Unlike Staten, a true point guard who was defended by Javan Felix and Isaiah Taylor, Ejim plays on the wing and will likely be guarded by Texas’ defensive specialist, Demarcus Holland. Holland’s athleticism and deceptive length should help slow down Ejim, who can score from anywhere on the floor.

Ejim was effective in Iowa State’s 86-76 loss at the Frank Erwin Center last month. The Canadian player had a double-double with 17 points on 8-for-11 shooting and 10 rebounds.

But the Longhorns’ team defense has improved significantly since the last time these two teams met, and, if Texas’ most recent performance is any indication, Ejim could be in for a long night.

“Our defense has been the most improved aspect of our game,” Barnes said. “We’ve stopped fouling as much. We still have some things to work on, but it’s getting better.”

Offensively, the Longhorns will once again rely on their size and strength inside to overwhelm Iowa State’s undersized front court. Junior forward Jonathan Holmes and sophomore center Cameron Ridley combined for 39 points and seven offensive boards in the first meeting. Those two, combined with Holland’s defensive work ethic, have been the key to the Longhorns’ rebounding success.

“The length has a lot to do with [the rebounding],” Barnes said. “You’ve also got two guys — in Jonathan Holmes and Demarcus Holland — who put in tremendous effort. That kind of effort is what gets us the extra possessions that we need.”

Texas has needed a late second-half comeback to secure the majority of its wins this year. Five times in seven contests the Longhorns have trailed in the final seven minutes of a game – winning four of those times.

After the third of those narrow victories, sophomore forward Connor Lammert offered a simple theory as to why Texas has been so successful in late-game situations.

“You see the lineup we have out there when we finish the game and it’s most of the guys that have returned,” Lammert said after a 72-62 triumph over Stephen F. Austin last month. “We’ve finished well with that lineup on the court. Last four minutes, we were really able to hold onto the ball, make free throws, execute and get stops and rebounds. I think that’s what we’ve done well better than anything.”

Over the final eight minutes of that game, Texas used only six players – Javan Felix, Jonathan Holmes, Demarcus Holland, Isaiah Taylor, Cameron Ridley and Lammert – five of whom were among the six scholarship players that returned from last year’s 16-18 team, Taylor being the lone freshman. 

Trailing by four at the 8:00 mark, 54-50, the Longhorns ended the game on a 22-8 run to win the game by 10 points. It’s how Texas has been winning most of its games this year.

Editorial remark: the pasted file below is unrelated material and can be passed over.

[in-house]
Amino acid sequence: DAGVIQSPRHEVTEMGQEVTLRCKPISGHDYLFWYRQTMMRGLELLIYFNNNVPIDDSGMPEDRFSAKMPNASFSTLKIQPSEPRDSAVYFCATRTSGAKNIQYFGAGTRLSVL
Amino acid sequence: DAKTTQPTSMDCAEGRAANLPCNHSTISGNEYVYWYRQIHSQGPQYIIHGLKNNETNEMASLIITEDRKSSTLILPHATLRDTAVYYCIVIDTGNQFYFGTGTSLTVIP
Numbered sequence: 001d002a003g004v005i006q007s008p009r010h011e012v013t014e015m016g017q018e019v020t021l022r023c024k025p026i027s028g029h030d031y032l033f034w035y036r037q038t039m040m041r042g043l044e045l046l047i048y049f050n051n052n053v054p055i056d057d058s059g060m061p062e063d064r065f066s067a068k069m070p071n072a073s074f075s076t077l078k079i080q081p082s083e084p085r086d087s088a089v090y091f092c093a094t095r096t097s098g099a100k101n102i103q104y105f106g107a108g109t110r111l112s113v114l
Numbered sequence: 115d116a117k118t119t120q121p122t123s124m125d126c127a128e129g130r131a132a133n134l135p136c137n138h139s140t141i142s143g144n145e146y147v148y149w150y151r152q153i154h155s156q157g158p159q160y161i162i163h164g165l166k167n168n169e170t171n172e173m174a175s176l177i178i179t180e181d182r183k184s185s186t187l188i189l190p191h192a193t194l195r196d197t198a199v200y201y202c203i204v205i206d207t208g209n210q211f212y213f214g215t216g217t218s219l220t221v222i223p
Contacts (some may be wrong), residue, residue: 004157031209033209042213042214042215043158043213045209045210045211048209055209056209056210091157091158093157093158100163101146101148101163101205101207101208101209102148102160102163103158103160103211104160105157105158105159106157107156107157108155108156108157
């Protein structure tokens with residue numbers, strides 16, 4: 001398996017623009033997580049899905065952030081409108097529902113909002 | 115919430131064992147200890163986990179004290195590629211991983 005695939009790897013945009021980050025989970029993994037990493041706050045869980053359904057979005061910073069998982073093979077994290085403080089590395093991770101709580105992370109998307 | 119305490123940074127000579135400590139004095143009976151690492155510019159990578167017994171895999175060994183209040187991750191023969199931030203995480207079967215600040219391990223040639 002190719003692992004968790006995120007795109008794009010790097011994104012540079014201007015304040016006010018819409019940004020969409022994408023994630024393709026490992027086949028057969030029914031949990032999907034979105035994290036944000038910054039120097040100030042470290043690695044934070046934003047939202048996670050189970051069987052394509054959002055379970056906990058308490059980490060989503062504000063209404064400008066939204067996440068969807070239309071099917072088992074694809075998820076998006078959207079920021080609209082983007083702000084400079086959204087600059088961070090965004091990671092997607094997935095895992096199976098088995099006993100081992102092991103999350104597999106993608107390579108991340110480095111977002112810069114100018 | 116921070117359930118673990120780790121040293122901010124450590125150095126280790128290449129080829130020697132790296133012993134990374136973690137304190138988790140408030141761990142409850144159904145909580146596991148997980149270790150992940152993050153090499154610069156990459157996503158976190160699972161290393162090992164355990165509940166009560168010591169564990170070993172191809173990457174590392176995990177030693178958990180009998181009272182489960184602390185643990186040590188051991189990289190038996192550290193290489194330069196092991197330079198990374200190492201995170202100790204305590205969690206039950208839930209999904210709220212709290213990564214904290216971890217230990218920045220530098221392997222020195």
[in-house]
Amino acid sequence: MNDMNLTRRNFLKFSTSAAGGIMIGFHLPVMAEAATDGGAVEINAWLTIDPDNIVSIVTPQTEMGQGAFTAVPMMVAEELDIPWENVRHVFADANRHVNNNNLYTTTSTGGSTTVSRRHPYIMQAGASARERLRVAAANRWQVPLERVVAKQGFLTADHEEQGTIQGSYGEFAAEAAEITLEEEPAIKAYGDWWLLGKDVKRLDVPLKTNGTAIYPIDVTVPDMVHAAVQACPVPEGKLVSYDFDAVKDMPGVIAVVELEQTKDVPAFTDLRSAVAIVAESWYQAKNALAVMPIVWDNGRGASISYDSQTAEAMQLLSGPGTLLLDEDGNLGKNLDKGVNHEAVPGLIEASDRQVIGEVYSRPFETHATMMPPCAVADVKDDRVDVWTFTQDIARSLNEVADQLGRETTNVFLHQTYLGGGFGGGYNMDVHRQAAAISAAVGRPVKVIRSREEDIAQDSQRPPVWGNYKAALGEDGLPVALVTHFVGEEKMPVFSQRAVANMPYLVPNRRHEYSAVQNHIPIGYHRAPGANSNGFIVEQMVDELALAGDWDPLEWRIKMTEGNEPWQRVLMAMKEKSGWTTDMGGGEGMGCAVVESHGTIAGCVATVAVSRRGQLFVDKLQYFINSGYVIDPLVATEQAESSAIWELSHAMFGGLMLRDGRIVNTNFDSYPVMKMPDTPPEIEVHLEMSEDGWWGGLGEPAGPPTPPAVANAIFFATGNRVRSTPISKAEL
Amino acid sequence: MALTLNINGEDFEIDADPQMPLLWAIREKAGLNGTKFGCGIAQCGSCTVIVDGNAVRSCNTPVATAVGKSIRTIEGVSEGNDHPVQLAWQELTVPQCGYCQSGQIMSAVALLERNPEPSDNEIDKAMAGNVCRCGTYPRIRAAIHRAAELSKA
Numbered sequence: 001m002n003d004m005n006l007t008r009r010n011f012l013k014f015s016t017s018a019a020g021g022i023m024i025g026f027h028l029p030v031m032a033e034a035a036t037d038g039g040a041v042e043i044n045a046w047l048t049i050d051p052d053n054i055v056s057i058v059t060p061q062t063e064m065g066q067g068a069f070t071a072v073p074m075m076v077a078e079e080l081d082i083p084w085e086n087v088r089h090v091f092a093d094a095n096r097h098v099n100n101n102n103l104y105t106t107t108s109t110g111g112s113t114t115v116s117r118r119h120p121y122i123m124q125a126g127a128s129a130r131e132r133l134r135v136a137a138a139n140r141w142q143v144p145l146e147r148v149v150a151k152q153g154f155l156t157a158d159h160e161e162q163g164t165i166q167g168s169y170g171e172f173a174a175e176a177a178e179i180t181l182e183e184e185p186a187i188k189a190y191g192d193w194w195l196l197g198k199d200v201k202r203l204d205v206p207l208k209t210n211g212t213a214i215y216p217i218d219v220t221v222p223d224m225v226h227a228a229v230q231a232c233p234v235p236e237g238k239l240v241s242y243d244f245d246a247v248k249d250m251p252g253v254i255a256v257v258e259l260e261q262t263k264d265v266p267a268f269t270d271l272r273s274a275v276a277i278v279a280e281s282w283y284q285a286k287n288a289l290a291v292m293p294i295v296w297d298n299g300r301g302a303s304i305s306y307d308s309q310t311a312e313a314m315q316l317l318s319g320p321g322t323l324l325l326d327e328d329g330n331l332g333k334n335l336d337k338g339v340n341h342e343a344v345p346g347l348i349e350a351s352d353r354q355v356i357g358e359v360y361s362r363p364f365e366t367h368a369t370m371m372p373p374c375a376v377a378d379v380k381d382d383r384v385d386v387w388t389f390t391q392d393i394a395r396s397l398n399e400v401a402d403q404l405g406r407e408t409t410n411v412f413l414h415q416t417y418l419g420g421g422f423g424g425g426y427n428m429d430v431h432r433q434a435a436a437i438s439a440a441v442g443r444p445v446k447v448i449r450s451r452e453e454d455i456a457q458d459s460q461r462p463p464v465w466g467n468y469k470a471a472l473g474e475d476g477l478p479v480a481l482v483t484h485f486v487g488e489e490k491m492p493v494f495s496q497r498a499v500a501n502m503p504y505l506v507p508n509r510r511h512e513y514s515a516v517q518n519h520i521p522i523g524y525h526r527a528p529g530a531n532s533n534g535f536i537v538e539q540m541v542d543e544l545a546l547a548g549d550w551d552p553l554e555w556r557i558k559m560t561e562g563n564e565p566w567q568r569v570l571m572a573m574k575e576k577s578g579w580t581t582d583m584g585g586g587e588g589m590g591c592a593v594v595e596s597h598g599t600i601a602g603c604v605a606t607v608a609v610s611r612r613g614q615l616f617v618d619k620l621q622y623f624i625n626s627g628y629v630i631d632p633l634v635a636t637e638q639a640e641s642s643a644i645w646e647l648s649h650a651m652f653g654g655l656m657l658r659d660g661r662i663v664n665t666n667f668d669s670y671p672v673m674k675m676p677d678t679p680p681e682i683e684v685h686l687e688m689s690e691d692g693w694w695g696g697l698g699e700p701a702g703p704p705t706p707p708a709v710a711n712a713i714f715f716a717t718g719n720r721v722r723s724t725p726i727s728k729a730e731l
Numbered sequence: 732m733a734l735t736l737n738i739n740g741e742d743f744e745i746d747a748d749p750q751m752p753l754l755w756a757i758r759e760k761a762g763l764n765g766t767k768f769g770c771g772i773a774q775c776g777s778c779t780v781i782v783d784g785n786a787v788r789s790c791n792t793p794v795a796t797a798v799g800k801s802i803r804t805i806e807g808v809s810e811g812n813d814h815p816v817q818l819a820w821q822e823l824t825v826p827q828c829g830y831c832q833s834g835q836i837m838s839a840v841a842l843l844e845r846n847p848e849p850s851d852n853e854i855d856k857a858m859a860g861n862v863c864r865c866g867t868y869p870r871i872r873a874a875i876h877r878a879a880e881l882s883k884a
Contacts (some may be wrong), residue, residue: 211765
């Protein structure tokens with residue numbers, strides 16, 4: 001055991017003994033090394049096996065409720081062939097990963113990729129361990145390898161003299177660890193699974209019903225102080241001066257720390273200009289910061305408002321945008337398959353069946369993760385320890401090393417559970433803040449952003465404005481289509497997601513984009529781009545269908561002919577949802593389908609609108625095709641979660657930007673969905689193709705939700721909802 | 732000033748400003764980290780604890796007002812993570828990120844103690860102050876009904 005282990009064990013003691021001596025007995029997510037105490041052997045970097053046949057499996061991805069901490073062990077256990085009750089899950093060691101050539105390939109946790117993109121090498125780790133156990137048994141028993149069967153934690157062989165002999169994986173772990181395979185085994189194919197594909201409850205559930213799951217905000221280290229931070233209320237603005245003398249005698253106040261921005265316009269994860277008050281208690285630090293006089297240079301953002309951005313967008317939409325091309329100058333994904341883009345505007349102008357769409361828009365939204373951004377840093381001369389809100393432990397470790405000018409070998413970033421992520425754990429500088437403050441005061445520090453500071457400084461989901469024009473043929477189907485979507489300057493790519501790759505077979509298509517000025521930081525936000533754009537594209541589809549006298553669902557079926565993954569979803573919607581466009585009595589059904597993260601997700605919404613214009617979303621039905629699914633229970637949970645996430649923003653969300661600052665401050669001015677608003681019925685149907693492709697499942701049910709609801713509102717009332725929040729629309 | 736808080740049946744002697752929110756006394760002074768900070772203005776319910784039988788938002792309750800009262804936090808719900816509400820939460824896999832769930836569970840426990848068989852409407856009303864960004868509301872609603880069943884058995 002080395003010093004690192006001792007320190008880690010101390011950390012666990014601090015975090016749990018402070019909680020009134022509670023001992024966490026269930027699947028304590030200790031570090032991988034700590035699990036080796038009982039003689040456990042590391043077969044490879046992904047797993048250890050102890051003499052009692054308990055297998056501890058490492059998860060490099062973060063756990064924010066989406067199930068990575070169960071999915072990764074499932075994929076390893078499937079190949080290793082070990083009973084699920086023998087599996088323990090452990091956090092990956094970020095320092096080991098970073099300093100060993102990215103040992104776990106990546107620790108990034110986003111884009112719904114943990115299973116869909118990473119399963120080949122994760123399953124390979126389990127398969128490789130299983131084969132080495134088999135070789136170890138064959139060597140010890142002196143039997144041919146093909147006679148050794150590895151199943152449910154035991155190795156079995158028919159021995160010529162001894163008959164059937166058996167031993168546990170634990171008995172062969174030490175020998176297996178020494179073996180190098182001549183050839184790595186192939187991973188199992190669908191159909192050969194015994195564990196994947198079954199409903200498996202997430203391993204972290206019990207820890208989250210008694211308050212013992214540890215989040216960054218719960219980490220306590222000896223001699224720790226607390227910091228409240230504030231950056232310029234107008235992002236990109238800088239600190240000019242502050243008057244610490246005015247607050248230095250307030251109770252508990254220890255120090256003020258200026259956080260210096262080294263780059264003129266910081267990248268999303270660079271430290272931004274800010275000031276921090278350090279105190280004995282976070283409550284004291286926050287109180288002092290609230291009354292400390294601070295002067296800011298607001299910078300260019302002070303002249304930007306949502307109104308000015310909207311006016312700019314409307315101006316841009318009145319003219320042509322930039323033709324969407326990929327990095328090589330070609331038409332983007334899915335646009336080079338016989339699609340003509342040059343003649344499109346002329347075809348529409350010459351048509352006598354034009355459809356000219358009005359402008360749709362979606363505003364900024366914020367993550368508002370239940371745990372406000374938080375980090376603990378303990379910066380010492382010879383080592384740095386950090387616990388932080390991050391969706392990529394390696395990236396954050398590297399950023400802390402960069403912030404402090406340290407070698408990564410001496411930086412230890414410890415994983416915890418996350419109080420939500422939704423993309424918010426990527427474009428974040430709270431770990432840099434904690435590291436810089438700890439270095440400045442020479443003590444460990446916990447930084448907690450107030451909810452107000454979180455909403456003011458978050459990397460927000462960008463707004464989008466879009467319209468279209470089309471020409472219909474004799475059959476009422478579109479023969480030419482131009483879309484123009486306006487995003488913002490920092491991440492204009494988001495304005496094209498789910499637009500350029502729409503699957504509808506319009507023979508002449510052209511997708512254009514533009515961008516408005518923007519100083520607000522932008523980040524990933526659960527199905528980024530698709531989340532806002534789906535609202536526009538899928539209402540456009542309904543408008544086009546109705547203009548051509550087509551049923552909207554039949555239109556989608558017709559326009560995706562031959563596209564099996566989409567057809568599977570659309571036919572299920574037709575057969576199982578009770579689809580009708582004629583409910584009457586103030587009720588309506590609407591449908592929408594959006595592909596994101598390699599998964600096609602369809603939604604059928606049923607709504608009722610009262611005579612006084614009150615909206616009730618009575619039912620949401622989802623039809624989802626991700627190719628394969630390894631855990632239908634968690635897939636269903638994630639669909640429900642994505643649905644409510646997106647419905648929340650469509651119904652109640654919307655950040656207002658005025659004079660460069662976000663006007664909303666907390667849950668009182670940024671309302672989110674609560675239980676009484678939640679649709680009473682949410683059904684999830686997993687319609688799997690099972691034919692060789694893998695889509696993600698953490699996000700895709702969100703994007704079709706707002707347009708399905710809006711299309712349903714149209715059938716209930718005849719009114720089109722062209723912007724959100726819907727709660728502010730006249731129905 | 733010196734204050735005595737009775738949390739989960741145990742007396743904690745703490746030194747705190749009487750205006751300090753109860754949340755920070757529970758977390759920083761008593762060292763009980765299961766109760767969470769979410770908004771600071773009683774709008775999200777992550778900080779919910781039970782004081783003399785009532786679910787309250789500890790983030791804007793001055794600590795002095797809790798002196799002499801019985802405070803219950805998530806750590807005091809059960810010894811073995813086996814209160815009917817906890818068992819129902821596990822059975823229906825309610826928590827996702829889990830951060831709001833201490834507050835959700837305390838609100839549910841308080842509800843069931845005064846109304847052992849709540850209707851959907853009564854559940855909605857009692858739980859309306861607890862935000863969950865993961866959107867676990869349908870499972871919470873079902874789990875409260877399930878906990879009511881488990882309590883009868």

Four underclassmen – Myck Kabongo, Julien Lewis, Ioannis Papapetrou and Sheldon McClellan – all left the program after last season for various reasons. Kabongo, Papapetrou and McClellan were the Longhorns’ three leading scorers a year ago. Losing them was a big reason why Texas was picked to finish eighth in the Big 12 this season.

Not only were the Longhorns bad in 2012, they were supposed to be worse in 2013.

But those members of the worst Rick Barnes-led team at Texas who came back this year have led the Longhorns to a 6-1 start. Tough non-conference games remain against squads like Vanderbilt, North Carolina and Michigan State. But the Longhorns have shown they can be much improved since last year.

A closer look at Texas’ first seven games shows that are getting plenty out of its perseverant returners but that one newcomer, in particular, has made his presence felt. He doesn’t lead the team in any major conventional category but he does come out on top when you look at plus-minus (how many more or less points the Longhorns score than their opponent when he’s on the floor).

It’s that lone newcomer in the six-man rotation – Isaiah Taylor – who leads Texas in plus-minus at +74. The Longhorns are -9 when he’s not on the floor, making him one of two players on the team who Texas has been outscored by its opponents when he’s not on the floor, the other being Holland.

Not surprisingly, Taylor also leads the Longhorns in +/- per 40 minutes at +16.5. Jonathan Holmes (+13.6) and Holland (+12.1) are the only others in double digits in this category.

The single-best plus-minus performance of the year, however, doesn’t belong to Taylor but to Holmes, who was +35 in the aforementioned victory over a solid Stephen F. Austin team who won 27 games last season. Holmes was an incredible +24 in the second half and Texas was -25 in that game when he wasn’t on the floor.

Here are the five best individual plus-minus outings this year:

And here are the five worst individual plus-minus games. As expected, most of them came in the Longhorns’ only defeat so far this year, a 86-82 loss to BYU in Kansas City on Nov. 25.

Texas’ starting lineup hasn’t changed much this year. Four players – Holland, Taylor, Ridley and Holmes – have started every game they’ve played in so far. But there is one move Barnes has stuck with. He’s made a sixth man of sorts out of Felix, who has recently become the first man off the bench instead of a mainstay in the starting lineup.

Has it paid off? The numbers say no. In Felix’s three starts, he was +14 but in the last four games he hasn’t started, Felix is -10, including a -15 showing against BYU. Even if you treat that performance as an anomaly and only look at Texas’ six wins so far, Felix has still been better as a starter. He’s +14 in Texas’ three wins he’s started in and +5 in the team’s three victories he hasn’t started in.

Here is a complete breakdown of how each player has done as a starter and how they’ve done coming off the bench.

Of those six scholarship players who returned from last year’s team, only sophomore forward Prince Ibeh was not included in that effective late-game six-man rotation. But, as this table shows, Ibeh has saved his best basketball for the close games this year.

In games decided by fewer than 10 points, Ibeh has notched a +14, including a +12 in just 16 minutes of an 84-77 win over South Alabama in the Longhorns’ second game of the season. On the other hand, Ibeh is -8 in games decided by at least 10 points.

Utrecht Centraal Station